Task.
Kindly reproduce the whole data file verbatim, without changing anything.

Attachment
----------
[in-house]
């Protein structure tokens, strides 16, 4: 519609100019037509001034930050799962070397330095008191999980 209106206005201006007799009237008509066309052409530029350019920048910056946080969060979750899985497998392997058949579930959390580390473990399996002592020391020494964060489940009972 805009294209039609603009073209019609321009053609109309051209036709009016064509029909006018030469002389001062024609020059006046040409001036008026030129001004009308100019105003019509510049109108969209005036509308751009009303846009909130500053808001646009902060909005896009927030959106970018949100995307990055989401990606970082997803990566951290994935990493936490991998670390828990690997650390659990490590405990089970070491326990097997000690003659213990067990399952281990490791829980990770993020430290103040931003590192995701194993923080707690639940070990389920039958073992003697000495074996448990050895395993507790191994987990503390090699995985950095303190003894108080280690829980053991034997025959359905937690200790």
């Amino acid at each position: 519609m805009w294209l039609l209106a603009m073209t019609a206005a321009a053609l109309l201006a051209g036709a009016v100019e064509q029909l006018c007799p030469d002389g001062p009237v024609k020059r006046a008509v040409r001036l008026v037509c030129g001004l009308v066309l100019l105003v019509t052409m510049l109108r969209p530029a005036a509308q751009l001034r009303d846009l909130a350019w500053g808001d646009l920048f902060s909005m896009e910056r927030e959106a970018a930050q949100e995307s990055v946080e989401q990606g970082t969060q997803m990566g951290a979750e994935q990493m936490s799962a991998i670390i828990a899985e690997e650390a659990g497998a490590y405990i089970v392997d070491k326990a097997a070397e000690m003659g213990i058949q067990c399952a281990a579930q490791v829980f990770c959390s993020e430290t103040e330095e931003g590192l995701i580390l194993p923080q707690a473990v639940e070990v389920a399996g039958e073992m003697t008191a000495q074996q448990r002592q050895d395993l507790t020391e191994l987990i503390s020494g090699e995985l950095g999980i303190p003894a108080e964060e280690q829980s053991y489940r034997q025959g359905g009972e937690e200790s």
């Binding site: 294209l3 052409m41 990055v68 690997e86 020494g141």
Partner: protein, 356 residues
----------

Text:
[in-house]
């Protein structure tokens, strides 16, 4: 519609100019037509001034930050799962070397330095008191999980 209106206005201006007799009237008509066309052409530029350019920048910056946080969060979750899985497998392997058949579930959390580390473990399996002592020391020494964060489940009972 805009294209039609603009073209019609321009053609109309051209036709009016064509029909006018030469002389001062024609020059006046040409001036008026030129001004009308100019105003019509510049109108969209005036509308751009009303846009909130500053808001646009902060909005896009927030959106970018949100995307990055989401990606970082997803990566951290994935990493936490991998670390828990690997650390659990490590405990089970070491326990097997000690003659213990067990399952281990490791829980990770993020430290103040931003590192995701194993923080707690639940070990389920039958073992003697000495074996448990050895395993507790191994987990503390090699995985950095303190003894108080280690829980053991034997025959359905937690200790």
């Amino acid at each position: 519609m805009w294209l039609l209106a603009m073209t019609a206005a321009a053609l109309l201006a051209g036709a009016v100019e064509q029909l006018c007799p030469d002389g001062p009237v024609k020059r006046a008509v040409r001036l008026v037509c030129g001004l009308v066309l100019l105003v019509t052409m510049l109108r969209p530029a005036a509308q751009l001034r009303d846009l909130a350019w500053g808001d646009l920048f902060s909005m896009e910056r927030e959106a970018a930050q949100e995307s990055v946080e989401q990606g970082t969060q997803m990566g951290a979750e994935q990493m936490s799962a991998i670390i828990a899985e690997e650390a659990g497998a490590y405990i089970v392997d070491k326990a097997a070397e000690m003659g213990i058949q067990c399952a281990a579930q490791v829980f990770c959390s993020e430290t103040e330095e931003g590192l995701i580390l194993p923080q707690a473990v639940e070990v389920a399996g039958e073992m003697t008191a000495q074996q448990r002592q050895d395993l507790t020391e191994l987990i503390s020494g090699e995985l950095g999980i303190p003894a108080e964060e280690q829980s053991y489940r034997q025959g359905g009972e937690e200790s």
């Binding site: 294209l3 052409m41 990055v68 690997e86 020494g141």
Partner: protein, 356 residues